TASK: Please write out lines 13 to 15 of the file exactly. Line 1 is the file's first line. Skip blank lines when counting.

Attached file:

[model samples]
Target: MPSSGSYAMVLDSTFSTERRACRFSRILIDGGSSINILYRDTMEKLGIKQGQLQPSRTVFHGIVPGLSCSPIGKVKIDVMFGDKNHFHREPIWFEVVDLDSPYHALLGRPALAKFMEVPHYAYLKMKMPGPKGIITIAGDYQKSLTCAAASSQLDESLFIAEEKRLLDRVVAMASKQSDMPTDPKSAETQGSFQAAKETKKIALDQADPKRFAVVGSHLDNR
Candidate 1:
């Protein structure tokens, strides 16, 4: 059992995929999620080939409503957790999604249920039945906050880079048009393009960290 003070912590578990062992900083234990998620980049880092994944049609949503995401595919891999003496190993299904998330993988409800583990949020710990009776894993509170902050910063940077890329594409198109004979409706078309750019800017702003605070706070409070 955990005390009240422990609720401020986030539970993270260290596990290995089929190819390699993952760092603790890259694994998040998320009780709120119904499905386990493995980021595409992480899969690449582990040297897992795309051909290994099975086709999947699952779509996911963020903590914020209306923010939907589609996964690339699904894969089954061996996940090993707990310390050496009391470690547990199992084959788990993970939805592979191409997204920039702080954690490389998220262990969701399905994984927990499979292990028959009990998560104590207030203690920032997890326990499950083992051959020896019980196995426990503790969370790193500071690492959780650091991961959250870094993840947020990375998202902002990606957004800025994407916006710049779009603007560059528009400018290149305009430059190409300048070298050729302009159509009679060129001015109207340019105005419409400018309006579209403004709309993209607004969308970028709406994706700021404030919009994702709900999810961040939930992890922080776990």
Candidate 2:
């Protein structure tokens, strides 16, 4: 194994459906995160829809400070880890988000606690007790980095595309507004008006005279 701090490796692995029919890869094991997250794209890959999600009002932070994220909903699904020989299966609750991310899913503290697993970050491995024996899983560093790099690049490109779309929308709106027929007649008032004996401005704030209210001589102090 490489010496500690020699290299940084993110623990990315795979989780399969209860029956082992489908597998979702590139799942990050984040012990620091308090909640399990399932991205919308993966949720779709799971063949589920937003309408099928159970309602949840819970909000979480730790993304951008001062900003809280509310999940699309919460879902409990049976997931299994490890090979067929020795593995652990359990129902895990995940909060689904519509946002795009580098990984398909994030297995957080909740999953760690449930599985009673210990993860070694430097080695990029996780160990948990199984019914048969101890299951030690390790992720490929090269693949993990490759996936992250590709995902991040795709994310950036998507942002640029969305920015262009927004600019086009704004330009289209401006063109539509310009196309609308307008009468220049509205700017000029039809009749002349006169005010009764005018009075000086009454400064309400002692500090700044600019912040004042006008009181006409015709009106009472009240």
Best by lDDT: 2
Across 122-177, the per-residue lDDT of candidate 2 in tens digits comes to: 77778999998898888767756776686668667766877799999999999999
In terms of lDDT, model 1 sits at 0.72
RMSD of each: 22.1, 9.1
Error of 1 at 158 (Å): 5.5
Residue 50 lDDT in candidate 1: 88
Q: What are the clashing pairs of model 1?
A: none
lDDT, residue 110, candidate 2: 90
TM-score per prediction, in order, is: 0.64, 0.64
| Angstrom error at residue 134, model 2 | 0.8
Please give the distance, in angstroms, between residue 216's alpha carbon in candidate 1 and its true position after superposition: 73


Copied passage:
Q: What are the clashing pairs of model 1?
A: none
lDDT, residue 110, candidate 2: 90